Between the pen and the paperwork

12 09 2010

I finally did it.

After clearing out the 4 boxes and separating the recorded from the unrecorded articles, I piled up all the recorded articles  until I figured out what to do with them.

All that work—years worth of work—and the one, great, broken promise that those articles collectively represented sat in my small hallway, just outside of my bedroom. For months.

Yesterday, I went through the stacked meter of them one last time, pulled out a few to offer to my bioethics students, and carried the rest to the recycling bin. Today they were gone.

I still have about another foot left; these are the articles to be entered into my database and then, like the others, taken away. And there are still the hard copies of all those Human Genome Reports, the reports from DOE and NIH and NHGRI and OTA, along with some number of articles that I couldn’t quite part with; perhaps by the time I move again I’ll have figured out how to toss these, as well.

It’s not that big of deal, I tell myself. All of this is available online, either through the CUNY library system or, if I ever remember to join the Wisconsin Alumni Association, through the UW library system. It’s all still there, not gone at all.

But it feels like waste: a waste of paper, a waste of a career. All of this work I gathered (or which was gathered for me—thanks R.!) was to have led me further into an academic life, one in which I built a political theory of bioethics, taught medical and graduate students, participated in colloquia and conferences, and secured myself inside a tenured professorship.

Didn’t happen. Obviously.

I held on to those articles, nonetheless, never quite sure of when I might—might—need them again. After all, I’m still teaching, and who knows when that Theoretical Medicine or Human Gene Therapy or Philosophical Nursing piece might be exactly what I need. I once needed them, or at least, once thought I needed them; so who knows. . . .

I know: I don’t. They’ve been a kind of heavy security blanket, boxes of files I’d carted with me from Montreal to Somerville to (storage locker to storage locker in) Brooklyn. I’m done, I said, as I refused to get rid of all that with which I was done.

So about a year ago I decided it was time. I did nothing. Then I said, Hey, I have a file of all of those articles, so it’s not like I’m losing access to everything. I did nothing. Then I disinterred them from the boxes, sorted through them, piled them a meter high in the small hallway outside of my bedroom. Where they sat. Until yesterday.

It felt good to get rid of the clutter. I have pack-ratish tendencies, but I love the relief of unburdening myself of unnecessities.

It just took awhile to admit that these thousands of pieces of paper were a part of those unnecessities.



4 responses

13 09 2010

Wow. I’m a little breathless at the very notion of doing whatever would be analogous for me – tossing out, I suppose (it came to me as I searching for the right spelling of “analogous”), all the hard copies of my old freelance reporting work.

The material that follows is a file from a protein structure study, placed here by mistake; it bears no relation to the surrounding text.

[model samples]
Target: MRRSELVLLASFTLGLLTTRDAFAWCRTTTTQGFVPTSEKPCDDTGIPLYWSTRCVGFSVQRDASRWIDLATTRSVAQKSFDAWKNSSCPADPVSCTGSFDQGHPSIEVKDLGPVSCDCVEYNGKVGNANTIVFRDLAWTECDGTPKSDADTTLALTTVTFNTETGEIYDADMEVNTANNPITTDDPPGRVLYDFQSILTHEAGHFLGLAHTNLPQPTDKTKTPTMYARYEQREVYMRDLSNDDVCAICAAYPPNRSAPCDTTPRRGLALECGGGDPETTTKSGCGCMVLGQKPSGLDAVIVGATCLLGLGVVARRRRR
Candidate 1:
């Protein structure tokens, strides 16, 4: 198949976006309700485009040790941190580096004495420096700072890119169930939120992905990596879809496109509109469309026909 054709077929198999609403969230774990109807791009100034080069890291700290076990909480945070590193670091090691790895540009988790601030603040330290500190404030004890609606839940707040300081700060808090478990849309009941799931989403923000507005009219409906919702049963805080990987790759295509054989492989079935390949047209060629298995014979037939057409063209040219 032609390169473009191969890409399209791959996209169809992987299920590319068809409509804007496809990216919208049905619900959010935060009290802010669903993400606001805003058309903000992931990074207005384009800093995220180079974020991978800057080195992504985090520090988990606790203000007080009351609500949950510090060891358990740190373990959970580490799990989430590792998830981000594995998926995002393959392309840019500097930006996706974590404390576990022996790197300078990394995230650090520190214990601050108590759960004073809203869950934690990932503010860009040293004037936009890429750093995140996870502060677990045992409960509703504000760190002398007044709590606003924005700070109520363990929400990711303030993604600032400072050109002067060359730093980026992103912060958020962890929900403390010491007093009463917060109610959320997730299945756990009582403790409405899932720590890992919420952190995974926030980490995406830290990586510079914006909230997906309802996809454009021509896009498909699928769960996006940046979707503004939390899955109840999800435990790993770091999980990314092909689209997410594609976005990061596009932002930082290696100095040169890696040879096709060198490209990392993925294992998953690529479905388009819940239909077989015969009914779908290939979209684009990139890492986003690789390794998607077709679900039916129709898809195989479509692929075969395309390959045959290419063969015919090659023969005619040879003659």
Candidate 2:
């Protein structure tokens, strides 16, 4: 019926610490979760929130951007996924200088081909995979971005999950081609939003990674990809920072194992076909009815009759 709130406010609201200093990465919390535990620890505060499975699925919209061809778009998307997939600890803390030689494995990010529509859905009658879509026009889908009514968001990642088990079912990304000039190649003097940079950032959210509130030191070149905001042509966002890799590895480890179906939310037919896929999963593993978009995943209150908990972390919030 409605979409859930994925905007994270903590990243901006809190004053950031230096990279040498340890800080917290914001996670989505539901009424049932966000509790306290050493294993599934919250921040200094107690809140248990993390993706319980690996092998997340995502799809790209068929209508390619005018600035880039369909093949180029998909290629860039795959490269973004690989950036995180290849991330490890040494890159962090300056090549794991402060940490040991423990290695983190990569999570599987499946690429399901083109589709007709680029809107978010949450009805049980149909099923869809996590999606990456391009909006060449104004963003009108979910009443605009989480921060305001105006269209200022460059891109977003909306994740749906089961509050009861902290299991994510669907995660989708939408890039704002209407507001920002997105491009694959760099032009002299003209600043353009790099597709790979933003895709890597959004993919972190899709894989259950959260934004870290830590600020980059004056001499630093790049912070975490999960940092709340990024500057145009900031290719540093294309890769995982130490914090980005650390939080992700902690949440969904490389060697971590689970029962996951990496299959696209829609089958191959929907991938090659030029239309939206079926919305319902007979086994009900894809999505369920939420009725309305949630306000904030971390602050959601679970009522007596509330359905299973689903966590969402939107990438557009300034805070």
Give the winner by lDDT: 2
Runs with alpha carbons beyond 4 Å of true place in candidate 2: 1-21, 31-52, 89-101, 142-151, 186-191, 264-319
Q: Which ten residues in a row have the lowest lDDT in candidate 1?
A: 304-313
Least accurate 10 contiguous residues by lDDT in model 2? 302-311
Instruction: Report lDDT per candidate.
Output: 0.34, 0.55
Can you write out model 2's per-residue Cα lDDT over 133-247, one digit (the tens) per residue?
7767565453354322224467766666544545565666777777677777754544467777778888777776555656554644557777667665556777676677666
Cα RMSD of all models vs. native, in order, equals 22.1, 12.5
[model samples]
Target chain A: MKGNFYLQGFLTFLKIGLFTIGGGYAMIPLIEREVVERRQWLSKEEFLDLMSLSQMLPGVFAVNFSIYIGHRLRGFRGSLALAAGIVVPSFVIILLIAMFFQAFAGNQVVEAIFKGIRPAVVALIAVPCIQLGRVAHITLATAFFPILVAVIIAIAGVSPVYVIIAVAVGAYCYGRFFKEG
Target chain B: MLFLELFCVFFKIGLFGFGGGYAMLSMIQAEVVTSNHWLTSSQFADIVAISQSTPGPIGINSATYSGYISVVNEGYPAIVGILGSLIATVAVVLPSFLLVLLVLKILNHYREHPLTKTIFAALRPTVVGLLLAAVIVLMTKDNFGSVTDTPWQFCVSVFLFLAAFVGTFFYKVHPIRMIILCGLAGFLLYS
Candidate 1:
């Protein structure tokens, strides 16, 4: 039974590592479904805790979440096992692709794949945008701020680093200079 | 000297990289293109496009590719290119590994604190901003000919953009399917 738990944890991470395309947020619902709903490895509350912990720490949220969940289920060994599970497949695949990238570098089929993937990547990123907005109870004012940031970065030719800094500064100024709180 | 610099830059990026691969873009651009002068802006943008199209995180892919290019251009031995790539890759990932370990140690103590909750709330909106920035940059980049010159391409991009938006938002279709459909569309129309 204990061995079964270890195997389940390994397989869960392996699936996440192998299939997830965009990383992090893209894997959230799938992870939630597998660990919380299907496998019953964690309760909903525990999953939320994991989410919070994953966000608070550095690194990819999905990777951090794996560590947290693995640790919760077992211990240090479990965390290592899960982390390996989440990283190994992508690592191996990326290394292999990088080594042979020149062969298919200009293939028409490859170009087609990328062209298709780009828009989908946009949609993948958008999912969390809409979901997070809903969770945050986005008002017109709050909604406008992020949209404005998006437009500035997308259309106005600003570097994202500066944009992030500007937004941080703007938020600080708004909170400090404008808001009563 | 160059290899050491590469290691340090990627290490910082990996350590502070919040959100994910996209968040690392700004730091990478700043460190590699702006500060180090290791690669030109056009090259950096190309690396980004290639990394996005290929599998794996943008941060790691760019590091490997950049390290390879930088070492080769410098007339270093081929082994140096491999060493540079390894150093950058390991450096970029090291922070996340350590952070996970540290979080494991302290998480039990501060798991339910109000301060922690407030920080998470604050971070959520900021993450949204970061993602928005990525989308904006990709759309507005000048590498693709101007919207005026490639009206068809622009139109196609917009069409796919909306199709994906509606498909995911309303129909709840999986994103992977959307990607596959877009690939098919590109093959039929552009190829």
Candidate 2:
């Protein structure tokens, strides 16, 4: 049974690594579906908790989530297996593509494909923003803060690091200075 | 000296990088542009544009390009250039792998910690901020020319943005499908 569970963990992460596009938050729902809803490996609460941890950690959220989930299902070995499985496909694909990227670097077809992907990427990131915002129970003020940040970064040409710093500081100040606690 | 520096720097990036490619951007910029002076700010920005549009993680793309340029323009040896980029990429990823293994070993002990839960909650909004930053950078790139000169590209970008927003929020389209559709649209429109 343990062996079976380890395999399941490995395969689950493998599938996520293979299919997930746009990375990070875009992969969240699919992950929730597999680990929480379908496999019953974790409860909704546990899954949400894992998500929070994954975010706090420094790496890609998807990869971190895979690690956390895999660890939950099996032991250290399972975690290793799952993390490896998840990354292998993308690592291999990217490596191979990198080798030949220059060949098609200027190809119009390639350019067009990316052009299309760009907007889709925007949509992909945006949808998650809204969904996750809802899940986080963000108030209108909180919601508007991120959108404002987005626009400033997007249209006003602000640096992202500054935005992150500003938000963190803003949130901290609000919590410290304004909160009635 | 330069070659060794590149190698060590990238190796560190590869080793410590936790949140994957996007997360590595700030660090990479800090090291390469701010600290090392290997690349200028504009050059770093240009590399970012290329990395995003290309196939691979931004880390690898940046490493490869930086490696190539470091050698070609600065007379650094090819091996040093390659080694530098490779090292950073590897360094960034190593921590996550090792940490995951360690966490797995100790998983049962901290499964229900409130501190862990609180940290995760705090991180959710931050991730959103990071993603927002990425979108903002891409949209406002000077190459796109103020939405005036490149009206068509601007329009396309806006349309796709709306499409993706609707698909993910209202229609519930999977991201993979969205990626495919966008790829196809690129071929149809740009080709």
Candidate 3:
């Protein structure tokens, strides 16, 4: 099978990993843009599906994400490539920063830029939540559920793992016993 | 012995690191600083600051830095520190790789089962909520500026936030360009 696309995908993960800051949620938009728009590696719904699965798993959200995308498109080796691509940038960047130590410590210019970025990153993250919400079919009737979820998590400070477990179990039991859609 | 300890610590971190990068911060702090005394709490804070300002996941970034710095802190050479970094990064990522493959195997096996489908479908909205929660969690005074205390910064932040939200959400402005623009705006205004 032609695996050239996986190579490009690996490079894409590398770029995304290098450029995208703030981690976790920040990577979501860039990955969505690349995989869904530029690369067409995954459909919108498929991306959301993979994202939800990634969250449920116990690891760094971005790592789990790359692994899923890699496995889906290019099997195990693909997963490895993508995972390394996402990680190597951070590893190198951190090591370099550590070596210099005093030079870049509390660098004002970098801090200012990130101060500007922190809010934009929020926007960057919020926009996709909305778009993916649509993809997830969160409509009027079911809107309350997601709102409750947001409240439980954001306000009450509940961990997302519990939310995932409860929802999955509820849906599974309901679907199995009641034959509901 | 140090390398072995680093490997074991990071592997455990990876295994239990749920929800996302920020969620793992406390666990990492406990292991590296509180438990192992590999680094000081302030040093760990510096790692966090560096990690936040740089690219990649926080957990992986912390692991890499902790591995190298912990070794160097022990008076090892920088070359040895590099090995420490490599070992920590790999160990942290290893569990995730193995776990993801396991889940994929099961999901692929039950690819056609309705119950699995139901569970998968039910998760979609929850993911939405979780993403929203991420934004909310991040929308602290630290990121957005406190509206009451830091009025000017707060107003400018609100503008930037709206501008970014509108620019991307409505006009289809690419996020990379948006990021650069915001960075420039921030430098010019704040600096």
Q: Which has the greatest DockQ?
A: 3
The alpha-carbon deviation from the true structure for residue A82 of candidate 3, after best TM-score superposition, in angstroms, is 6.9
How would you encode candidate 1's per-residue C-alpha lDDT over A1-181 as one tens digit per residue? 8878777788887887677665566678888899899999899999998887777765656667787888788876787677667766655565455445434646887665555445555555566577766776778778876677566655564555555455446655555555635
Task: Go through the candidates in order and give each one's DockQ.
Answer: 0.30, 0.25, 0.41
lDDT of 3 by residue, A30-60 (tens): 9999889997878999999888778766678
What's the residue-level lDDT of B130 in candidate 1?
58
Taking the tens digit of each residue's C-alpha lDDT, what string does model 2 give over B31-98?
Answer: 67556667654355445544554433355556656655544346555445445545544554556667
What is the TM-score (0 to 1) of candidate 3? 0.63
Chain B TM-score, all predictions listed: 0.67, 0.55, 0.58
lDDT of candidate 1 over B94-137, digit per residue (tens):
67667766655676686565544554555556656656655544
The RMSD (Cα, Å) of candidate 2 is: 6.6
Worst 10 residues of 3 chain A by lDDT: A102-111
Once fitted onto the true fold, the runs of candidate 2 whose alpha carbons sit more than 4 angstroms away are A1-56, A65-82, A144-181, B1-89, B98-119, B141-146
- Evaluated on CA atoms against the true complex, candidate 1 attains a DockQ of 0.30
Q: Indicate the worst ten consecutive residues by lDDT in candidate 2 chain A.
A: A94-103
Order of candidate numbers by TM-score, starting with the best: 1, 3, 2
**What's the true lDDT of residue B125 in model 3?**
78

What do I think I need them for? Why do I think they’re still meaningful for me?

I’m very proud of you, and very impressed, and a little jealous, and breathless still. Not sure I’m ready yet.

13 09 2010

yep, i remember walking all of the articles from my diss research on clinical/care ethics (and those from the the post-defense book it never became) over to a nearby grad student office/lounge and leaving it to them to sort thru what was worth keeping or tossing.
don’t buy books anymore as i have had to discard several libraries over the years of nomadacy and try not to print many articles now (hard to read on screens but so few worth keeping long enough to reread).
try to think of it as shedding skins as you grow.
“The trail of the human serpent is thus over everything”
w. james

13 09 2010

About a month ago, I found a book full of all my call sheets from my illustrious film days.

Originally, I’d been saving them for entry into the union, which never happened. Then I transitioned into computers and the rest, as they say, is history.

I took them in to work and scanned them all to a massive pdf file on the high-speed scanner. I figure that way I can keep them for the memories (or whatever), and toss the paper.

Yet, I’ve found I haven’t been able to toss them into the recycle bin just yet, and I don’t know why…

13 09 2010

Markers, they are markers of where we’ve been, where we think we might want to go. As such, keeping a few bits around isn’t the worst thing—but 4 (um, plus) file boxes worth? Madness!

That said, had I owned a house or condo with plentiful storage, I might have put off this showdown for, pfft, years? decades? Small living quarters and future moves exact their own discipline. . .

. . .tho’ not with books. Nope, still cartin’ that library around.

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